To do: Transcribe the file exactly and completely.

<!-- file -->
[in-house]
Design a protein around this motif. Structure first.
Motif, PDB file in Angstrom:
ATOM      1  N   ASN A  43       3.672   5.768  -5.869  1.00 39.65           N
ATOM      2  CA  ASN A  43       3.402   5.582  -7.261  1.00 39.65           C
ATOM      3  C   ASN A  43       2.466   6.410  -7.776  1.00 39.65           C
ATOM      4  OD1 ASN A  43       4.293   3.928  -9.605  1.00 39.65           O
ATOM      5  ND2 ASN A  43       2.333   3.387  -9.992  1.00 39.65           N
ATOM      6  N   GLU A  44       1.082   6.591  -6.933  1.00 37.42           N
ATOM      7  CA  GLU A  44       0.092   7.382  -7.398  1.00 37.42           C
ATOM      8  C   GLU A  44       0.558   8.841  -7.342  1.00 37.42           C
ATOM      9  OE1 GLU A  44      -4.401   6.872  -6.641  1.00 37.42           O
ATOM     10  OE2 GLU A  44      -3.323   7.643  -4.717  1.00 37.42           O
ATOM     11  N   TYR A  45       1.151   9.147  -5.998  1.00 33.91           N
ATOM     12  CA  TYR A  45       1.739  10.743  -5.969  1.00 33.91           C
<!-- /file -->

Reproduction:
[in-house]
Design a protein around this motif. Structure first.
Motif, PDB file in Angstrom:
ATOM      1  N   ASN A  43       3.672   5.768  -5.869  1.00 39.65           N
ATOM      2  CA  ASN A  43       3.402   5.582  -7.261  1.00 39.65           C
ATOM      3  C   ASN A  43       2.466   6.410  -7.776  1.00 39.65           C
ATOM      4  OD1 ASN A  43       4.293   3.928  -9.605  1.00 39.65           O
ATOM      5  ND2 ASN A  43       2.333   3.387  -9.992  1.00 39.65           N
ATOM      6  N   GLU A  44       1.082   6.591  -6.933  1.00 37.42           N
ATOM      7  CA  GLU A  44       0.092   7.382  -7.398  1.00 37.42           C
ATOM      8  C   GLU A  44       0.558   8.841  -7.342  1.00 37.42           C
ATOM      9  OE1 GLU A  44      -4.401   6.872  -6.641  1.00 37.42           O
ATOM     10  OE2 GLU A  44      -3.323   7.643  -4.717  1.00 37.42           O
ATOM     11  N   TYR A  45       1.151   9.147  -5.998  1.00 33.91           N
ATOM     12  CA  TYR A  45       1.739  10.743  -5.969  1.00 33.91           C